The son of a New Zealand sheep farmer, he drove for Ferrari from 1967 to 1969 and scored numerous top-three GP finishes, including a third at Monaco in his first race for the Scuderia, aged just 23. In 1967, he came third four times.
In 1968, he really should have won the world title. The Amon/Ferrari combination was the fastest of the season. He was on pole three times, on the front row of the grid for eight of the 12 races and led numerous GPs. Yet he was repeatedly robbed of victory, usually by trivial mechanical failures.
The son of a sheep farmer, Amon left New Zealand at 19 and drove for Ferrari from 1967 to 1969
He led the Spanish GP when a fuel pump fuse blew. In Spa in Belgium, he was fastest in qualifying by almost four seconds and was dicing for the lead until a stone punctured his Ferrari’s oil radiator. In the British GP, he came a close second after a race-long duel for the lead. In the Canadian Grand Prix, Amon was cruising to victory, only to suffer a gearbox failure.
Amon led the second race of the 1969 World Championship season, the Spanish GP, by 40 seconds before an engine failure. He left Ferrari at the end of that disappointing year, believing he’d enjoy more success with a smaller British team powered by the then-dominant Cosworth V8 engine. It was a bad move. Ferrari in 1970 had a fine year, using a new flat-12 powered F1 car, the 312B. New team leader Jacky Ickx won three races and came a close second in that year’s world title.
Amon came second at the 1968 British Grand Prix in a year where bad luck saw him fail to win the world title
He may never have won a World Championship GP but Amon enjoyed success in many other forms of motor sport. His Ferrari contract included sports car racing, and he memorably partnered Lorenzo Bandini to win the 1967 Daytona 24-hour race in a 330 P4. That was one of the Scuderia’s greatest victories, with Ferrari famously finishing first, second and third. He also won that year’s Monza 1000 km sports car race and helped Ferrari win the 1967 World Sports Car Manufacturers’ Championship.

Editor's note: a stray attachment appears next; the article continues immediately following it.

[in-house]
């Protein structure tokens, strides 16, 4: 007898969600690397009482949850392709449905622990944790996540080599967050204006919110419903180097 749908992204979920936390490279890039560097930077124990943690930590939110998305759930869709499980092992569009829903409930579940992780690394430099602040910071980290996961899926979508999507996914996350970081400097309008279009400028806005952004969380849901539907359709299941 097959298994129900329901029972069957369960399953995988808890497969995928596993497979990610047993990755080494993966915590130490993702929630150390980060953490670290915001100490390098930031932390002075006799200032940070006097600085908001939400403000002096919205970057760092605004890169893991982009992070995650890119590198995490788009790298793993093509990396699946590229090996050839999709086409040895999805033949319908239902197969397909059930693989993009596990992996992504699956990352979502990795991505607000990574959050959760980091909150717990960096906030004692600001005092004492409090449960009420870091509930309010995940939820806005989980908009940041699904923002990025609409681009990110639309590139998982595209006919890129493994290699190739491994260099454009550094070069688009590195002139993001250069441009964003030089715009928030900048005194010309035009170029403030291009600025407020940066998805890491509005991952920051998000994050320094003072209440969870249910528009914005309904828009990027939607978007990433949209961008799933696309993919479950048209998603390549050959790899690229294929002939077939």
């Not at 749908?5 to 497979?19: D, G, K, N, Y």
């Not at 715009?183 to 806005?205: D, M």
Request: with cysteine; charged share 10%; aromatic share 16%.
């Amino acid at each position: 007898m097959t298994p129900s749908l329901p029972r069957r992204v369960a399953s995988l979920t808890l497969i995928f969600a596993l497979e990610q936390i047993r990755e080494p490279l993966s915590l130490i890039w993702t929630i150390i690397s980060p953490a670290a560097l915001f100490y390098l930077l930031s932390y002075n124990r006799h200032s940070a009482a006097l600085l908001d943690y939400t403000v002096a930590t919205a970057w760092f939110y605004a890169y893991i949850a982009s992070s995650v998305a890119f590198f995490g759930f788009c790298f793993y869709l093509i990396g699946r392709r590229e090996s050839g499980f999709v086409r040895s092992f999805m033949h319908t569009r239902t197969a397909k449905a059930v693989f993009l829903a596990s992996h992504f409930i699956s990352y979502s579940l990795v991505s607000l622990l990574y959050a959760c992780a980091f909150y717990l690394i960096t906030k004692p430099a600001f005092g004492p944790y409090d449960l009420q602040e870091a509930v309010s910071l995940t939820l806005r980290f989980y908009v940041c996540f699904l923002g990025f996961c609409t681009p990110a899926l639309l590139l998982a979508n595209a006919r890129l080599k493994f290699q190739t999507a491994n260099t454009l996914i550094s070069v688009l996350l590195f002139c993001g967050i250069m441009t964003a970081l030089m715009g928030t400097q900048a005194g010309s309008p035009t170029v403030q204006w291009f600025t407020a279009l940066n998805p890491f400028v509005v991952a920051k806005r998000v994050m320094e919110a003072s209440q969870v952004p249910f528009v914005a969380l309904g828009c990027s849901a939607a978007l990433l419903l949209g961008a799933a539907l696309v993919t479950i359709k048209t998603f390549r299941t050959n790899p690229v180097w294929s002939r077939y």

He also won the 1969 Tasman Series for Ferrari, the last time it was an international championship. Held in New Zealand and Australia over the F1 winter off-season in January-February, the Tasman Series was for detuned F1 cars or similar. Driving a V6-powered Dino 246 – in essence, a more powerful Formula Two car – Amon won four of the seven races, including the New Zealand and Australian GPs. Among the drivers he beat was defending World Champion Graham Hill.
Amon won the 1969 Tasman Series in his Ferrari Dino 246 Tasmania
Amon had left New Zealand as a 19-year old in the early ’60s after being spotted by English F1 team owner Reg Parnell. He’d seen Amon racing an old Maserati 250F and reckoned only Fangio had driven a 250F so well. By the mid ’70s, the Kiwi had made no secret of his desire to return to New Zealand. He eventually retired from F1 after Niki Lauda’s horrendous Nürburgring crash in 1976, aged 33. He went back to run his family sheep farm with his wife Tish in 1977. He died of cancer, aged 73, in 2016.
He was once asked, long after his retirement from motor racing, about his notorious bad luck. No, he replied. He was one of the lucky ones. So many of his friends and teammates from that era had been killed, ‘and I’m still here’.